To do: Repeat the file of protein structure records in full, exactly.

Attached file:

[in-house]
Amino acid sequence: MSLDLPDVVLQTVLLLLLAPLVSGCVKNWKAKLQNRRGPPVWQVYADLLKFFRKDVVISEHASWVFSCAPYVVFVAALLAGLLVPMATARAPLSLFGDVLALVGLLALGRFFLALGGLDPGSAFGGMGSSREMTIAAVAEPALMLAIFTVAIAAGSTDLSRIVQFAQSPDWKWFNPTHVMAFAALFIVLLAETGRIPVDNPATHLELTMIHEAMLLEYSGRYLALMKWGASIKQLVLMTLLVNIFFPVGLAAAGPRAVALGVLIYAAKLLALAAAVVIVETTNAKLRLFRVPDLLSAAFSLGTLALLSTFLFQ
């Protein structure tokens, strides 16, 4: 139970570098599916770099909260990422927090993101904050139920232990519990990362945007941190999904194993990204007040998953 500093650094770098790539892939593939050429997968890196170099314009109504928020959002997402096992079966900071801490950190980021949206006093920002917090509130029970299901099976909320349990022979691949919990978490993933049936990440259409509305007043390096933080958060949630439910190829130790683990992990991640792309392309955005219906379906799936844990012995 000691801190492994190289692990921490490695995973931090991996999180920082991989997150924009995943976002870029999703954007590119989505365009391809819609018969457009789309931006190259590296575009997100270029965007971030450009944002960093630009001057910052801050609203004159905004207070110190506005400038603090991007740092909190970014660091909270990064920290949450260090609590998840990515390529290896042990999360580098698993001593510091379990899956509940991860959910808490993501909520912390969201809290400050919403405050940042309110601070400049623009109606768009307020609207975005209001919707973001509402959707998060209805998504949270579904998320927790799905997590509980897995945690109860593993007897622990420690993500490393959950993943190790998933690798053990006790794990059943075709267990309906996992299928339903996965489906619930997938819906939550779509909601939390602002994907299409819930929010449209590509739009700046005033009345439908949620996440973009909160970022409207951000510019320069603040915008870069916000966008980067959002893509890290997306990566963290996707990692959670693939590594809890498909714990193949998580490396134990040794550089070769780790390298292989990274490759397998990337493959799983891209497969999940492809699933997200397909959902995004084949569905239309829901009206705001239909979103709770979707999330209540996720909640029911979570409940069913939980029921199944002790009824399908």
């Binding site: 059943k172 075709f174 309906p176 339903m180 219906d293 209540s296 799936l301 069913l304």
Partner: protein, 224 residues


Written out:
[in-house]
Amino acid sequence: MSLDLPDVVLQTVLLLLLAPLVSGCVKNWKAKLQNRRGPPVWQVYADLLKFFRKDVVISEHASWVFSCAPYVVFVAALLAGLLVPMATARAPLSLFGDVLALVGLLALGRFFLALGGLDPGSAFGGMGSSREMTIAAVAEPALMLAIFTVAIAAGSTDLSRIVQFAQSPDWKWFNPTHVMAFAALFIVLLAETGRIPVDNPATHLELTMIHEAMLLEYSGRYLALMKWGASIKQLVLMTLLVNIFFPVGLAAAGPRAVALGVLIYAAKLLALAAAVVIVETTNAKLRLFRVPDLLSAAFSLGTLALLSTFLFQ
């Protein structure tokens, strides 16, 4: 139970570098599916770099909260990422927090993101904050139920232990519990990362945007941190999904194993990204007040998953 500093650094770098790539892939593939050429997968890196170099314009109504928020959002997402096992079966900071801490950190980021949206006093920002917090509130029970299901099976909320349990022979691949919990978490993933049936990440259409509305007043390096933080958060949630439910190829130790683990992990991640792309392309955005219906379906799936844990012995 000691801190492994190289692990921490490695995973931090991996999180920082991989997150924009995943976002870029999703954007590119989505365009391809819609018969457009789309931006190259590296575009997100270029965007971030450009944002960093630009001057910052801050609203004159905004207070110190506005400038603090991007740092909190970014660091909270990064920290949450260090609590998840990515390529290896042990999360580098698993001593510091379990899956509940991860959910808490993501909520912390969201809290400050919403405050940042309110601070400049623009109606768009307020609207975005209001919707973001509402959707998060209805998504949270579904998320927790799905997590509980897995945690109860593993007897622990420690993500490393959950993943190790998933690798053990006790794990059943075709267990309906996992299928339903996965489906619930997938819906939550779509909601939390602002994907299409819930929010449209590509739009700046005033009345439908949620996440973009909160970022409207951000510019320069603040915008870069916000966008980067959002893509890290997306990566963290996707990692959670693939590594809890498909714990193949998580490396134990040794550089070769780790390298292989990274490759397998990337493959799983891209497969999940492809699933997200397909959902995004084949569905239309829901009206705001239909979103709770979707999330209540996720909640029911979570409940069913939980029921199944002790009824399908």
């Binding site: 059943k172 075709f174 309906p176 339903m180 219906d293 209540s296 799936l301 069913l304």
Partner: protein, 224 residues